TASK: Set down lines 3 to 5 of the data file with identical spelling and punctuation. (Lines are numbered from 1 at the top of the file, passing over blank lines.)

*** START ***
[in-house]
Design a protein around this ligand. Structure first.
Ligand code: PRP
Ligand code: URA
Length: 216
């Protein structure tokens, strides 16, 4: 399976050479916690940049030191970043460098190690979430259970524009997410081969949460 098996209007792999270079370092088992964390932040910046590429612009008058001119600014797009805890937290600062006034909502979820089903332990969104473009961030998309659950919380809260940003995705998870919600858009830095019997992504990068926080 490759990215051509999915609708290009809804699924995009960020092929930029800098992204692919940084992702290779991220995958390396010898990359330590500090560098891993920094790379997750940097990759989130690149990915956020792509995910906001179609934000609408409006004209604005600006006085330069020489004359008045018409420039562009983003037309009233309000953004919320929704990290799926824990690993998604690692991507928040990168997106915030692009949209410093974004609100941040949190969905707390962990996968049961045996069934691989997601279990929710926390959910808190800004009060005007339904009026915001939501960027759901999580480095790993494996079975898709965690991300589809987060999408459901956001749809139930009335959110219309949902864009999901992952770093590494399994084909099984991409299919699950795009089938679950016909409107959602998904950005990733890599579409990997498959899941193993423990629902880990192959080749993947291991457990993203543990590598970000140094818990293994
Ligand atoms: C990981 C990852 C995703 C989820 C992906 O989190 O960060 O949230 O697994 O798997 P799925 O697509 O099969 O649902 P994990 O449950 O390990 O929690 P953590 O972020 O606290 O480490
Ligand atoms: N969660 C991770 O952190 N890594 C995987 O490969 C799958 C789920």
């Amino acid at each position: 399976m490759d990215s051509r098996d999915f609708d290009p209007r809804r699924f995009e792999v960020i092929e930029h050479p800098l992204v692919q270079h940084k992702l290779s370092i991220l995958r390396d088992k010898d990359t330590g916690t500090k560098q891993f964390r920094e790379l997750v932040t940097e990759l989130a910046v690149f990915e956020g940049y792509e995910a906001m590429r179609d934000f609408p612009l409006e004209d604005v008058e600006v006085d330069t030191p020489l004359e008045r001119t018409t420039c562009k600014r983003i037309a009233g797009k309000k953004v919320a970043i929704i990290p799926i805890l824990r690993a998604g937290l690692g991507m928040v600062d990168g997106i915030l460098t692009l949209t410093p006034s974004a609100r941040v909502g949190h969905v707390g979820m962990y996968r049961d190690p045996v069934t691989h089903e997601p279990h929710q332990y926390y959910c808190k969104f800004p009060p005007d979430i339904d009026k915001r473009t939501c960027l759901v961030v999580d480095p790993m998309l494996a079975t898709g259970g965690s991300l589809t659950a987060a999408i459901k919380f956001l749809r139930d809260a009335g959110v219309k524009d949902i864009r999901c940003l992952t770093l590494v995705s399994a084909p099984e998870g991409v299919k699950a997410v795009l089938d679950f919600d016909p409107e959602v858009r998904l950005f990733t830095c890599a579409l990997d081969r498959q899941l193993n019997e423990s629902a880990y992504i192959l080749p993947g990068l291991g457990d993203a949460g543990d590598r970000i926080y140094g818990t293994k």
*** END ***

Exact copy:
Ligand code: PRP
Ligand code: URA
Length: 216